Student engagement, a student’s emotional, behavioural and cognitive connection to their study, is widely recognized as important for student achievement. Influenced by a wide range of personal, structural and sociocultural factors, engagement is both unique and subjective. One important structural factor shown in past research to be a barrier for distance students is access to quality space and time. This qualitative study followed 19 mature-aged distance students and their families, exploring how they learned to manage their space and time throughout their first semester at university. Institutions often claim that distance study and the increased use of technology overcomes barriers of space and time; however, the findings from this study suggest it merely changes the nature of those barriers. The ideal space and time for these students was individual and lay at the intersection of three, sometimes competing, demands: study, self and family. A critical influence on success is family support, as is access to financial resources. Learning what constitutes ideal space and time for engagement is an important part of the transition to university. The institution has a vital role to play in aiding this process by ensuring flexibility of course design is maintained, providing more flexible advice and targeting support at this important issue.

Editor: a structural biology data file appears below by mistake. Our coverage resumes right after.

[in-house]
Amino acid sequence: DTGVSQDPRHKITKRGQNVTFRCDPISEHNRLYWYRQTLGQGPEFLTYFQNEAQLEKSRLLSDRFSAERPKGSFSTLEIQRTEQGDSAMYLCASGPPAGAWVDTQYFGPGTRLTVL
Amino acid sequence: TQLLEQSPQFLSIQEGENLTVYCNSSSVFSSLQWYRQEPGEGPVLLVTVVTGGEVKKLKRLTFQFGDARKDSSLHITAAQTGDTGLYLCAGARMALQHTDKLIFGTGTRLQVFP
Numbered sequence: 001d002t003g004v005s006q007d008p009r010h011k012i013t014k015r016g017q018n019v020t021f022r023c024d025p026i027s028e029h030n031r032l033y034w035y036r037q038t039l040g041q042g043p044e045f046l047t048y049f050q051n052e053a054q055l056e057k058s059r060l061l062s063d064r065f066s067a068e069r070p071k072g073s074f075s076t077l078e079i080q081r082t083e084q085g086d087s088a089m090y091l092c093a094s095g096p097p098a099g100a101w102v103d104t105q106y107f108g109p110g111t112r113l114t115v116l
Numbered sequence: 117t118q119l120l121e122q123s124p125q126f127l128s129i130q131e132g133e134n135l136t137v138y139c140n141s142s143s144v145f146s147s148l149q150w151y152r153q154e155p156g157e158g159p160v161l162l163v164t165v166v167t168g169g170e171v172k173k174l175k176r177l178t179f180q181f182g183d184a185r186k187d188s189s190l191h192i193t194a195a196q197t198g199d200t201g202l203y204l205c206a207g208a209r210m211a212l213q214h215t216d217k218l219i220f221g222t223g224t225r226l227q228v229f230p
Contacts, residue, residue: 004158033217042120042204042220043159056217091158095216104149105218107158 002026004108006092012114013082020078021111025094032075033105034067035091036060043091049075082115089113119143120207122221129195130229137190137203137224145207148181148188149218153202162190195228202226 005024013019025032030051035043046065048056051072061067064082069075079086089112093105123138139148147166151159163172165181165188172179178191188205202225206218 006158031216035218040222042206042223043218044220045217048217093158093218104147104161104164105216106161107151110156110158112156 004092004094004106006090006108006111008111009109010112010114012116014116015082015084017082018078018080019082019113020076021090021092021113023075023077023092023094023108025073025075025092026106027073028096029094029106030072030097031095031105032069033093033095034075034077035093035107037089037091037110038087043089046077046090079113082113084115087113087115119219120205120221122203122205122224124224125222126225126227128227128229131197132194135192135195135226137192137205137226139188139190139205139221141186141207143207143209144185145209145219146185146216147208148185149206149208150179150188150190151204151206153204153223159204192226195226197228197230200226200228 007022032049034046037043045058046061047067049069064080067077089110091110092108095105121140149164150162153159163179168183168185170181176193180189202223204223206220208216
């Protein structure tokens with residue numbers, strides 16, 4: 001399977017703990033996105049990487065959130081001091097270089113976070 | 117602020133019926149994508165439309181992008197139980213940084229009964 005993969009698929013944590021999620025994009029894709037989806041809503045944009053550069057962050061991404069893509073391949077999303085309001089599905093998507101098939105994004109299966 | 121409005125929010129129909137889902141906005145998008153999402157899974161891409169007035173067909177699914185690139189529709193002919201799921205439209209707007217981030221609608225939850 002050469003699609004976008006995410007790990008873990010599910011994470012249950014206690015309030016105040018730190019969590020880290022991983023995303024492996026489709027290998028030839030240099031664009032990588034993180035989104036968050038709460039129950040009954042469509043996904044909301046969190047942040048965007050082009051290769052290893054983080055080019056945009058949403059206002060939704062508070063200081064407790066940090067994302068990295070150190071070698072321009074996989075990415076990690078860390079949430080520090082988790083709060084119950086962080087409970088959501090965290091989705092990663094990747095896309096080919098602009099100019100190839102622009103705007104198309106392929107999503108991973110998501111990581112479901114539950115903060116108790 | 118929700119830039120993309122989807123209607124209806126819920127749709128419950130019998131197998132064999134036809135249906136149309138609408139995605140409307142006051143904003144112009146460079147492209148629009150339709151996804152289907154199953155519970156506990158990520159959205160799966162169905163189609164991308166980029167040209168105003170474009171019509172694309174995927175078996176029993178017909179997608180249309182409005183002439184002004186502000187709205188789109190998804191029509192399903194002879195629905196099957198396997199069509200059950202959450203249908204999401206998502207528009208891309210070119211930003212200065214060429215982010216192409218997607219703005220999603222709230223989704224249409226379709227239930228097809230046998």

International Journal of Lifelong Education, 2014, pp. ? - ? (20)
This is an Accepted Manuscript of an article published by Taylor & Francis in International Journal of Lifelong Education on 2014, available online: https://www.tandfonline.com/doi/full/10.1080/02601370.2014.884177